In addition to all the fun we’ll have in Italy, we’ll also be working on designing our own sweater!
Classes with Isabell Kraemer
Isabell Kraemer is a talented knitwear designer known for garments and accessories that are fun to make and easy to wear. Her timeless patterns have great appeal because of their relaxed fit, seamless structure, and attention to texture.
Short rows for Shaping
Short rows are used to add shaping to our knitting. Most top-down patterns use short rows to shape necklines and/or sleeve caps and such. We will discuss several different methods and (hopefully) find a method that you like to use for our sweater design in the second class.
Materials: yarn and matching knitting needles, best would be to use the yarn you want to use for the sweater in class 2, please go for light colors in a weight that will be pleasant to work with.
Design and Knit: Your Own Contiguous Set-in Sleeve Sweater
In this workshop, we will discuss the steps involved in the construction of a contiguous set-in sleeve sweater. Based on YOUR yarn choice, YOUR design idea, YOUR body shape, you will be able to start YOUR sweater in class and continue working on it while we are traveling. All necessary techniques (Increases worked on RS and WS; neckline shaping variations; short rows, sleeve cap shaping) will be discussed and leave you ready to start this first design adventure.
Materials: notebook, pen, calculator, yarn, knitting needles to match the yarn (in various sizes and cable length), gauge swatch (Stockinette stitch, 4×4”) should be done prior to the workshop.
Classes with Ann Budd
Ann Budd is a prolific author and designer known for such essential knitting books, as The Knitter’s Handy Book of Patterns and Getting Started with Socks. She is an expert on foundational aspects of knitting and fixing mistakes.
Turning Oops Into Ahhs—Fixing Knitting Mistakes
In this class, you’ll learn how to fix common mistakes in your knitting, including ripping out, picking up dropped stitches (even edge stitches!), and reversing the direction of a cable that was turned several rows below. You’ll also practice how to correct a snag that pulls the stitches tight. If time permits, you’ll also learn how to fix a snag that breaks the yarn.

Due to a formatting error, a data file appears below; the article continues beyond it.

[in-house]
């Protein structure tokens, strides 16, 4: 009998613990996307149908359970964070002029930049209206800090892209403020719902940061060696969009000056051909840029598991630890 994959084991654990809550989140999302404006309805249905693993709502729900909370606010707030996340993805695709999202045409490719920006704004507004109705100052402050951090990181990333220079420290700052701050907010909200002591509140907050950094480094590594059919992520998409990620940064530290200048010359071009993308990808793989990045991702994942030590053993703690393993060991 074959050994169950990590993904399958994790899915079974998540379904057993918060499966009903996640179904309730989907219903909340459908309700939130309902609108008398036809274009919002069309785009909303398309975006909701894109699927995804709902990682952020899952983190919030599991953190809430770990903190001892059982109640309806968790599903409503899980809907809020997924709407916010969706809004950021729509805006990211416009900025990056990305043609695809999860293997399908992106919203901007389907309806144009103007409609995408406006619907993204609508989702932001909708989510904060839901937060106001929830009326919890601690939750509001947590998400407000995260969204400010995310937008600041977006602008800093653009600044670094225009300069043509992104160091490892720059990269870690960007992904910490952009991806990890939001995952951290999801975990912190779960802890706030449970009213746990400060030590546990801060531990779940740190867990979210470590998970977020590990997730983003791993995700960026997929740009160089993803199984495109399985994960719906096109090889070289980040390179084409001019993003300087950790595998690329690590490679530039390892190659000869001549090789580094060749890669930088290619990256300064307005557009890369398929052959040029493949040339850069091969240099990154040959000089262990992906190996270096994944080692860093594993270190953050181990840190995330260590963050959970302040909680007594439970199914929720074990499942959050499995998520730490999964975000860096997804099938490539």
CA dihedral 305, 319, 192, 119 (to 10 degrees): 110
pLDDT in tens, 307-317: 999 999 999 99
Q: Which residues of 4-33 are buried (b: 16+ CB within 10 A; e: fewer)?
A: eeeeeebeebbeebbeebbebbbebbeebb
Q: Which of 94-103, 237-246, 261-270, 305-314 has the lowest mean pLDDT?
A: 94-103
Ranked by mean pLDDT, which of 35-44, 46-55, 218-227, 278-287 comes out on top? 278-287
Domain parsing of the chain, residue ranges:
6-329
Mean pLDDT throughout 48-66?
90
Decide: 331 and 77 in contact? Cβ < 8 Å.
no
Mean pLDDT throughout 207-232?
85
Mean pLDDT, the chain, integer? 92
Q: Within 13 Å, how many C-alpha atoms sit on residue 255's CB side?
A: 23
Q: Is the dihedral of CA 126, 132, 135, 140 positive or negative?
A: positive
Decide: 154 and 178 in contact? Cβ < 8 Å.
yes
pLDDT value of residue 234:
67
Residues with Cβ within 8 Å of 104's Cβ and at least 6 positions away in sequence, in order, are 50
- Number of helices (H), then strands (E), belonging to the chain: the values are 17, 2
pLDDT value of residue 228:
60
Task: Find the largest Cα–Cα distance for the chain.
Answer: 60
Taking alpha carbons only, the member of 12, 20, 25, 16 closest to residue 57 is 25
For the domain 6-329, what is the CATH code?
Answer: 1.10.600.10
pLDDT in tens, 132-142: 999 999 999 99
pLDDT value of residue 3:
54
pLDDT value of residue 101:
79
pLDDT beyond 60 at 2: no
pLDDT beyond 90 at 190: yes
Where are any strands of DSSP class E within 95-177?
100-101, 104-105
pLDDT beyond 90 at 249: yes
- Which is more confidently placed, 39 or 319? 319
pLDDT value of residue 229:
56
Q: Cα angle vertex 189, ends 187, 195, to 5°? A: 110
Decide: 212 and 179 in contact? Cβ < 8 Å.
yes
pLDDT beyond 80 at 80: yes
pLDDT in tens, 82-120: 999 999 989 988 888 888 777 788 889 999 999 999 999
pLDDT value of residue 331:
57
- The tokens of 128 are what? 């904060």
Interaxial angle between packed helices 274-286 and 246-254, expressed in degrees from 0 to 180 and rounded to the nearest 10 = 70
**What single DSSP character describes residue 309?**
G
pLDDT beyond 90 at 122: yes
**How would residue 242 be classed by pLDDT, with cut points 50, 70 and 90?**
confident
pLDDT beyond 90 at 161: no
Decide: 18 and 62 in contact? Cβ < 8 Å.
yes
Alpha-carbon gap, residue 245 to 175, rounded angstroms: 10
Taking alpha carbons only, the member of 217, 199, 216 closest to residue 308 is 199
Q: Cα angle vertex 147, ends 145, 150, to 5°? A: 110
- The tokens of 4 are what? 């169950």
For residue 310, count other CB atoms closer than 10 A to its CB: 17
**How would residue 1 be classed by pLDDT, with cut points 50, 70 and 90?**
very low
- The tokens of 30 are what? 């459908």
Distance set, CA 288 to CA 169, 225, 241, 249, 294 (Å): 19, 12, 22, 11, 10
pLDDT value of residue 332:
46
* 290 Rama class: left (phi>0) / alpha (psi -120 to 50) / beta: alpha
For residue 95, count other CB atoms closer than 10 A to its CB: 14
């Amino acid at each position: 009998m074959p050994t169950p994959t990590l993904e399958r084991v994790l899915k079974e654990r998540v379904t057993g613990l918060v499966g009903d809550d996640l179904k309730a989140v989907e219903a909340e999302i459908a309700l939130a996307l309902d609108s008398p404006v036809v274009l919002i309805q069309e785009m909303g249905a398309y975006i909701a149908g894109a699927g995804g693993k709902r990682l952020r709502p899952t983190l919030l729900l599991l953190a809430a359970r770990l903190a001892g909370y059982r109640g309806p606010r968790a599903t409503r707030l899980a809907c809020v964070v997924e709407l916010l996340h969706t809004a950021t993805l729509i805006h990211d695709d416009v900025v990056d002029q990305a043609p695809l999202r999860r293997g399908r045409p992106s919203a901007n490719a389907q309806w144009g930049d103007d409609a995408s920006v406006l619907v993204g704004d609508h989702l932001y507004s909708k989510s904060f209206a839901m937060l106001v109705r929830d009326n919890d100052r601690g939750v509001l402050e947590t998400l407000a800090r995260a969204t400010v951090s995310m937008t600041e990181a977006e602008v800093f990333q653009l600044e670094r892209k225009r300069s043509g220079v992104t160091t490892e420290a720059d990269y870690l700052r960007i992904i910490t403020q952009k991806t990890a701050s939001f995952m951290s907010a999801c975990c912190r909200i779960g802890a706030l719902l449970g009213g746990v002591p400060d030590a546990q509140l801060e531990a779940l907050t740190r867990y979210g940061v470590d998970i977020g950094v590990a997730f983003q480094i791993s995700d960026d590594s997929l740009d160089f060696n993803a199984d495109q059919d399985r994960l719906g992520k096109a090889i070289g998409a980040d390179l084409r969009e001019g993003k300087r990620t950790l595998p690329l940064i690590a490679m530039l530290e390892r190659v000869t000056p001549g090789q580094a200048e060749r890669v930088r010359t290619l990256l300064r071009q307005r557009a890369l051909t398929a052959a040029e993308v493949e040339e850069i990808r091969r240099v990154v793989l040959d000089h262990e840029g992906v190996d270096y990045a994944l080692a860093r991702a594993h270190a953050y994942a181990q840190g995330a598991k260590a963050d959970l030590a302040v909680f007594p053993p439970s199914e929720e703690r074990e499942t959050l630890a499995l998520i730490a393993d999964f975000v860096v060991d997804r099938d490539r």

Homework is required (see below).
Experience level: Must know how to knit, purl, and turn a cable. A sense of adventure is helpful.
Materials to bring: Your homework swatch (see below); cable needle; crochet hook.
Homework: Using a partial ball of your choice of yarn (tightly twisted worsted-weight wool or wool blend yarn in a solid light color is recommended) and appropriate needles, CO 18 sts.
Row 1 and 3: (RS) K4, p2, k6, p2, k4.
Rows 2 and 4: (WS) K6, p6, k6.
Row 5: (RS) K4, p2, slide 3 sts onto a cable needle and hold in front of work, k3, k3 from cable needle, p2, k4.
Rows 6 and 8: (WS) K6, p6, k6.
Rows 7 and 9: (RS) K4, p2, k6, p2, k4.
Row 10: (WS) K6, p6, k6.
Rep Rows 1–10 once more (20 rows total). Place sts on a holder. Do not cut yarn.
Beginning with A Bang—Decorative Cast-Ons
Learn an assortment of decorative cast-on techniques that will add unexpected style to the edges of whatever you knit—hats, mittens, gloves, socks, or sweaters. In class, you’ll knit samples of the Channel Island, I-Cord, Braid, and Fringe methods, and others as time permits. You’ll leave with a dictionary of techniques to refer to when you start your next project.
Experience level: Must know how to knit and purl and be comfortable with the long-tail cast-on.
Materials: Solid-color worsted-weight yarn in two colors (tightly twisted wool or wool blend recommended); U.S. size 8 (5 mm) knitting needles (double-pointed needles are preferred); size G/8 (5 mm) crochet hook (optional); tapestry needle.